Executions are not completely painless, says UN expert

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Juan Mendez

To what extend the death penalty can infringe on the absolute prohibition of torture, is the theme of a report presented to the General Assembly on Tuesday by a United Nations independent expert.

Juan Mendez, the UN Special Rapporteur on Torture said the issue is complicated because international law does not prohibit the death penalty although it discourages it.

The expert said the phenomenon of death row by itself tends to generate pain and suffering that rises to the level of cruel, inhuman and degrading treatment and even in some cases torture.

According to Mr. Mendez, methods of execution cannot be discounted as being completely painless.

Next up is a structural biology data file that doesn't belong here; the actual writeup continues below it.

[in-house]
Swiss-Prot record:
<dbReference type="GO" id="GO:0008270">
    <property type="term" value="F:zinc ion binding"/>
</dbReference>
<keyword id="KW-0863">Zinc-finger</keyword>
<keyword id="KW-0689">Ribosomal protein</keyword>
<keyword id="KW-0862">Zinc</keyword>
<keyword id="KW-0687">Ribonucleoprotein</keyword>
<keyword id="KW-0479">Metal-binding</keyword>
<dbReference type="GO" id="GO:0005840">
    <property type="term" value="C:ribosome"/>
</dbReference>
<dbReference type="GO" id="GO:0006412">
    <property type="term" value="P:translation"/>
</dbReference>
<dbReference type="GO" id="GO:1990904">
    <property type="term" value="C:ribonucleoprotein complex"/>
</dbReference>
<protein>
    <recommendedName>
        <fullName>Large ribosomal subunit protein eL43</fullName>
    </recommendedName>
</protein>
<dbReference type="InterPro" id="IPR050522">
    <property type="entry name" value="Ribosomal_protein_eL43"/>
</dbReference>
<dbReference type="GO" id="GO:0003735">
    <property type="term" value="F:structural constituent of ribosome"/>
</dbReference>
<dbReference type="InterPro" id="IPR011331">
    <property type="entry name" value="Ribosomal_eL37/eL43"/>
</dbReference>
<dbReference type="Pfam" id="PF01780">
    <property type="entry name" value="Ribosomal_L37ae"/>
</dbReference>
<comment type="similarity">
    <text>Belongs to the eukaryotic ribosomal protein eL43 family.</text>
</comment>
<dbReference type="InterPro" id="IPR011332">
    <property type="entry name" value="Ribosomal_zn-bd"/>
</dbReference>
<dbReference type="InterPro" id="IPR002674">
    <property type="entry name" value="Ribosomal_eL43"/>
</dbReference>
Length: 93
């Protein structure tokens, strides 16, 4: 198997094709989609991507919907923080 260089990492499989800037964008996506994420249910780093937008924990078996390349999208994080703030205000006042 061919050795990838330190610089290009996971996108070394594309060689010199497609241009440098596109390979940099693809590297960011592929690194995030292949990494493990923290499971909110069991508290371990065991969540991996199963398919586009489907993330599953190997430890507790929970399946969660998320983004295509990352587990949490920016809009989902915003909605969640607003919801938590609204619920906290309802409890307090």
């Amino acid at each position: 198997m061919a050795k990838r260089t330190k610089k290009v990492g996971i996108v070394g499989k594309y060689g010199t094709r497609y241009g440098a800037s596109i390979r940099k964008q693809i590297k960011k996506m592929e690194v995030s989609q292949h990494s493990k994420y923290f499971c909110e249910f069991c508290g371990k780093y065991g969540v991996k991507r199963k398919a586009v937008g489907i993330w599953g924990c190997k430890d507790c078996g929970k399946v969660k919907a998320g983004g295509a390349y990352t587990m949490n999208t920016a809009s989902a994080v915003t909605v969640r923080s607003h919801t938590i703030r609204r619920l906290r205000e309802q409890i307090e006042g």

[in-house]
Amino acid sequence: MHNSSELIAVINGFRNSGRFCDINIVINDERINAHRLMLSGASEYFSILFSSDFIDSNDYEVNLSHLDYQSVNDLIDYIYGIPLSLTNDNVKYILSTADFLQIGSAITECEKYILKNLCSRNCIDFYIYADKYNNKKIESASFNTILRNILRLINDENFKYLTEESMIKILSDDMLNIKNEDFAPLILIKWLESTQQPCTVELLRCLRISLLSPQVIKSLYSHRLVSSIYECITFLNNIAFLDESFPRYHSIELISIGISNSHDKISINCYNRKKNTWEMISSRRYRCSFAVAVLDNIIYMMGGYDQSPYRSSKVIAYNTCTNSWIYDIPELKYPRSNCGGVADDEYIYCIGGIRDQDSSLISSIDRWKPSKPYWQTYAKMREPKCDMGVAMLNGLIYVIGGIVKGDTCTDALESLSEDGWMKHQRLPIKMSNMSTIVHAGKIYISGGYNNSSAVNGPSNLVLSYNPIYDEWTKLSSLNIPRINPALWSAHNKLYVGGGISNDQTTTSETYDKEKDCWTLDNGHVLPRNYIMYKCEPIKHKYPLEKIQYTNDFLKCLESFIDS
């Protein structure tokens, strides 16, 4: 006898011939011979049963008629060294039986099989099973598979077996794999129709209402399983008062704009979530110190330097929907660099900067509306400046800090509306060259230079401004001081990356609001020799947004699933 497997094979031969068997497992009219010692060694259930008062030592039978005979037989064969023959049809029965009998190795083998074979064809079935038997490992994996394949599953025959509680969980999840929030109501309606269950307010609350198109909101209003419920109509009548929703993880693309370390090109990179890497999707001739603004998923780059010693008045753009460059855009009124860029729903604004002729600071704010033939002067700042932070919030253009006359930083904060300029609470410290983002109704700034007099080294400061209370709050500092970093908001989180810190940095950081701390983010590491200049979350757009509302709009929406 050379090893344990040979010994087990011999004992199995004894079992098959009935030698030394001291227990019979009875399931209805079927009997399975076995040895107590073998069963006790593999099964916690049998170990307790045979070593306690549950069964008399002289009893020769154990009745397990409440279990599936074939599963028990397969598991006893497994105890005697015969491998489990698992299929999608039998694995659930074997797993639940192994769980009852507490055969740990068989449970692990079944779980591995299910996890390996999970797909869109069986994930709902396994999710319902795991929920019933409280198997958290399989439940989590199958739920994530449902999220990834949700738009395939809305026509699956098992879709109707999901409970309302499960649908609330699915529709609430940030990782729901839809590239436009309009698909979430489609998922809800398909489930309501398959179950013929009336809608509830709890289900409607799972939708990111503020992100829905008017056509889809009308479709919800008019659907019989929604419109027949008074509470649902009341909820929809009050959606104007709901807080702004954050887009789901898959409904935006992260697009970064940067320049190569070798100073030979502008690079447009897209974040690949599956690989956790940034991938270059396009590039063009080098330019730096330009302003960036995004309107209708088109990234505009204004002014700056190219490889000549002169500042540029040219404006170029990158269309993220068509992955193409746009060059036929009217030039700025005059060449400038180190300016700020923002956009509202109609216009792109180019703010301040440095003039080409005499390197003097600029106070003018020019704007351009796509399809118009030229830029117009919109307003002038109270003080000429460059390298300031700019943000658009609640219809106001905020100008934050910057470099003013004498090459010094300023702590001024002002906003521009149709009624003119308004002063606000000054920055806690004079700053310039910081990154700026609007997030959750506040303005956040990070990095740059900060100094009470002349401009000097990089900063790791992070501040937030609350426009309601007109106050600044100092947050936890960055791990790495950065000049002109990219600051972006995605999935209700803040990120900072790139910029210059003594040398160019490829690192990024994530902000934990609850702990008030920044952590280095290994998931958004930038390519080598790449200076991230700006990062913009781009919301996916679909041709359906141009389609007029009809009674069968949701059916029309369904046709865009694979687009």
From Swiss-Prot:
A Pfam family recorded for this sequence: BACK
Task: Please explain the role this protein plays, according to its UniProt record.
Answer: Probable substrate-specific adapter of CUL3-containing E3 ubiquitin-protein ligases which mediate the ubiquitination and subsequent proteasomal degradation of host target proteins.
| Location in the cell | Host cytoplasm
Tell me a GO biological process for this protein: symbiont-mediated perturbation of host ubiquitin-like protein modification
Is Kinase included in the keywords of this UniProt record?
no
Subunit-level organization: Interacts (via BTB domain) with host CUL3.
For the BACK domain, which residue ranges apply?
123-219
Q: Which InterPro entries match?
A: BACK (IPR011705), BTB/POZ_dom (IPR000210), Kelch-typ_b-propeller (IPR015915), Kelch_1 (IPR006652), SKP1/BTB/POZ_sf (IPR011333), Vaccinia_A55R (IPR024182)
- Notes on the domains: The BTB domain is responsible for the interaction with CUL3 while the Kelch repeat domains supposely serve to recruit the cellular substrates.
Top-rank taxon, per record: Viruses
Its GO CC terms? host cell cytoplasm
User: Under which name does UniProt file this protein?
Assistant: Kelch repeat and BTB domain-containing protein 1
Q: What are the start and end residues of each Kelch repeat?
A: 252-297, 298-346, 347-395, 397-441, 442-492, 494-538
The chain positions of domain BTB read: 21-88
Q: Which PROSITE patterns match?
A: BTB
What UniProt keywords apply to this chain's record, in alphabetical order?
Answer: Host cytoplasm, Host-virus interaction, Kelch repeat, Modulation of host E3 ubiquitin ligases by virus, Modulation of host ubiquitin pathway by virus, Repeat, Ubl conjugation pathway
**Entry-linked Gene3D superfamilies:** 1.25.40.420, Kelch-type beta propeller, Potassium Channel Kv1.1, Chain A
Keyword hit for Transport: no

"In fact there are several reasons why some methods of execution like stoning and beheading are now completely prohibited whereas there is serious discussion about other methods of executions: firing squad, hanging and lethal injection. There are serious debates about whether, in fact, they are supposed to be painless as some people say. I should say gas chambers have also been authoritatively ruled as being contrary to the prohibition on torture or cruel, inhuman and degrading treatment."

(Duration 28")

Mr. Mendez said that there is now a trend towards the abolition of the death penalty around the world.

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